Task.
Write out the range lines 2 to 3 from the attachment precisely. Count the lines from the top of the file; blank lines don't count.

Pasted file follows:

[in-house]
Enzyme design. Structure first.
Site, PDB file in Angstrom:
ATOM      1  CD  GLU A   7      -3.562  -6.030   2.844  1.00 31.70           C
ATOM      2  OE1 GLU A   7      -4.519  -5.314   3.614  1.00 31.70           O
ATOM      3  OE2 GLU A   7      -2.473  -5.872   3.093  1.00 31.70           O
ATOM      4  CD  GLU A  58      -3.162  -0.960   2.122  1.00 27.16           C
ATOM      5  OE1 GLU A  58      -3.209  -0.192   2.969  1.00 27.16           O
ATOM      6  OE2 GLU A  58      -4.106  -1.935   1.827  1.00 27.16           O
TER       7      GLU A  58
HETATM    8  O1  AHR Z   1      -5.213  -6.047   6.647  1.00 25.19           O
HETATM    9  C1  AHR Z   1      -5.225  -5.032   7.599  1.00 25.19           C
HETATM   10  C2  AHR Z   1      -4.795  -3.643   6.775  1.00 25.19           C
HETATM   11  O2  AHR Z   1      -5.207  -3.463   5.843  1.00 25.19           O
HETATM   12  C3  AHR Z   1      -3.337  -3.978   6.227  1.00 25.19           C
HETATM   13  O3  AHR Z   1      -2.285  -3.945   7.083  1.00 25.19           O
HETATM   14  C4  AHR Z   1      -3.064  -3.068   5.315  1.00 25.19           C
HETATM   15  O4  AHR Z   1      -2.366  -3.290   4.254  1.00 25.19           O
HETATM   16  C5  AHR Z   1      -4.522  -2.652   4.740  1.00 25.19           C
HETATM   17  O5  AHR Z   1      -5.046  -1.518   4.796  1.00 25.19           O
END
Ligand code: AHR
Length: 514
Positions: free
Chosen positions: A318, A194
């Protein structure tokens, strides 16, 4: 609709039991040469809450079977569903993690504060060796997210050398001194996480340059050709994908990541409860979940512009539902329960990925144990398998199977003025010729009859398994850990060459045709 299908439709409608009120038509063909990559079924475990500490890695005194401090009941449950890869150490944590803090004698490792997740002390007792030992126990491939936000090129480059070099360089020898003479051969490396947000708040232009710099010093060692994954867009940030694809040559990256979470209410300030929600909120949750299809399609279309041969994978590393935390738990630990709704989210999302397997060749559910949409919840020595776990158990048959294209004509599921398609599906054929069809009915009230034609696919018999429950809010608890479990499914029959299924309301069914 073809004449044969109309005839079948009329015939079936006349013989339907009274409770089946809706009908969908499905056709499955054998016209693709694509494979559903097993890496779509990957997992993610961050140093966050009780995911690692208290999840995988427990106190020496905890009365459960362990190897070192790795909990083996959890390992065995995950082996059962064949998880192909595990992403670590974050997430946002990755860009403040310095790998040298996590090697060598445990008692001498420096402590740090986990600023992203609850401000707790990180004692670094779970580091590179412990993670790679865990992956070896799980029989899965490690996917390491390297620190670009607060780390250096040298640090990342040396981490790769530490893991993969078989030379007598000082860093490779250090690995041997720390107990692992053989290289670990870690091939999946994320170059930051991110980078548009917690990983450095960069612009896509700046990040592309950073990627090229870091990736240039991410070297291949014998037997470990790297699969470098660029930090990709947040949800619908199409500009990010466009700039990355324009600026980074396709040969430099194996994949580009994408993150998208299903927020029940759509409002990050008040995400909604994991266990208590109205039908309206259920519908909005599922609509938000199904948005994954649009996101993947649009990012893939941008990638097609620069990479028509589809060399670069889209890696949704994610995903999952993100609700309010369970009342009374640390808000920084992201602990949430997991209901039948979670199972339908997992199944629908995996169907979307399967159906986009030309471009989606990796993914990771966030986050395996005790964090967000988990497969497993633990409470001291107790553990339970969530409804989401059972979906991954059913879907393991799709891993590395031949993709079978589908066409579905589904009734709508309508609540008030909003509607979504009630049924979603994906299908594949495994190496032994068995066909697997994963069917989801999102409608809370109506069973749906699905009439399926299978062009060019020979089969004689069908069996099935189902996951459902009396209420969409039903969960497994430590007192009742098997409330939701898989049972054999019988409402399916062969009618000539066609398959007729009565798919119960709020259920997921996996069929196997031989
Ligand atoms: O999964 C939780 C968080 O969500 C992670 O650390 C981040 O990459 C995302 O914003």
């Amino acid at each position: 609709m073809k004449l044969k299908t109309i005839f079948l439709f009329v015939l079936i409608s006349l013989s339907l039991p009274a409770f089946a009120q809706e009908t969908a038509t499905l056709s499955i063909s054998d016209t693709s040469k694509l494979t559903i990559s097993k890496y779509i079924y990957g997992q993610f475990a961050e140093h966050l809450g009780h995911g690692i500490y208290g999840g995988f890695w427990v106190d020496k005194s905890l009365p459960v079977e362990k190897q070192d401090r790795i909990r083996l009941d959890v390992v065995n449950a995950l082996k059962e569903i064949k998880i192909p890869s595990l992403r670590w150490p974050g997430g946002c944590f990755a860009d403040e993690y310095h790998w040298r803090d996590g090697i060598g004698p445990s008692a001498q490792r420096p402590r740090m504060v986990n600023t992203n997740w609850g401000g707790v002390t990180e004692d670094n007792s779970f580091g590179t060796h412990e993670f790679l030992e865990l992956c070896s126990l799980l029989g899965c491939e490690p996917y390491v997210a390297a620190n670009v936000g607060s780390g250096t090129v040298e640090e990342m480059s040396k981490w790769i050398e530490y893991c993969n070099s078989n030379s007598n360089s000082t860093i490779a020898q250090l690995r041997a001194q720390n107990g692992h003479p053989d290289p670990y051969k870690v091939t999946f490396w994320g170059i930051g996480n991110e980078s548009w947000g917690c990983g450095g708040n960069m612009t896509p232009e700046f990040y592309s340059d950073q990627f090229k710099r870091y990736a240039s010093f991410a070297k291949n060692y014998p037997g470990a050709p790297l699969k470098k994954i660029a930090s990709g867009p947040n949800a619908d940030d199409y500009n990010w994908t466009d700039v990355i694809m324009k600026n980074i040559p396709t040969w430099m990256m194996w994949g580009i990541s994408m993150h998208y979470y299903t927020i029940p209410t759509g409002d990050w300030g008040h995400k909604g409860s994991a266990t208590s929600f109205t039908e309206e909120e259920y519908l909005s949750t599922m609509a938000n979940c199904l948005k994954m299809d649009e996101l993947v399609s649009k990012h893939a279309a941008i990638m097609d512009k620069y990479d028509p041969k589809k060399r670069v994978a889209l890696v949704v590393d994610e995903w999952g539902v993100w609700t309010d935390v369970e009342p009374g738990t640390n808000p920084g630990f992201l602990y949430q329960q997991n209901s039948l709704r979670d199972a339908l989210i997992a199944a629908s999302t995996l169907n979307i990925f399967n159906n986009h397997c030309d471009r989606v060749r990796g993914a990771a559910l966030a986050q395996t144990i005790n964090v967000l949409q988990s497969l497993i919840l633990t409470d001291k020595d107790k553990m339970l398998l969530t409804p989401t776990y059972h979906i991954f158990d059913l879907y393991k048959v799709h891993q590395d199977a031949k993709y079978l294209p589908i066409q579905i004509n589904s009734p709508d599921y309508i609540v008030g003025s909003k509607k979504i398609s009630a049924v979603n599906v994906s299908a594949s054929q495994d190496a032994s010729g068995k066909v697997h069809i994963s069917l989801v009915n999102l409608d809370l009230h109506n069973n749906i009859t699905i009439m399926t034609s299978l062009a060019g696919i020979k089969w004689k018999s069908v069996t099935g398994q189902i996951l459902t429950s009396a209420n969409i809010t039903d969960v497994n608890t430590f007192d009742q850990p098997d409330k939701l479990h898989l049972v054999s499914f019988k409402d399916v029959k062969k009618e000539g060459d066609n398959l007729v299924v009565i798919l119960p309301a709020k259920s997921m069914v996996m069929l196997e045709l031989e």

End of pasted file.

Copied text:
Enzyme design. Structure first.
Site, PDB file in Angstrom: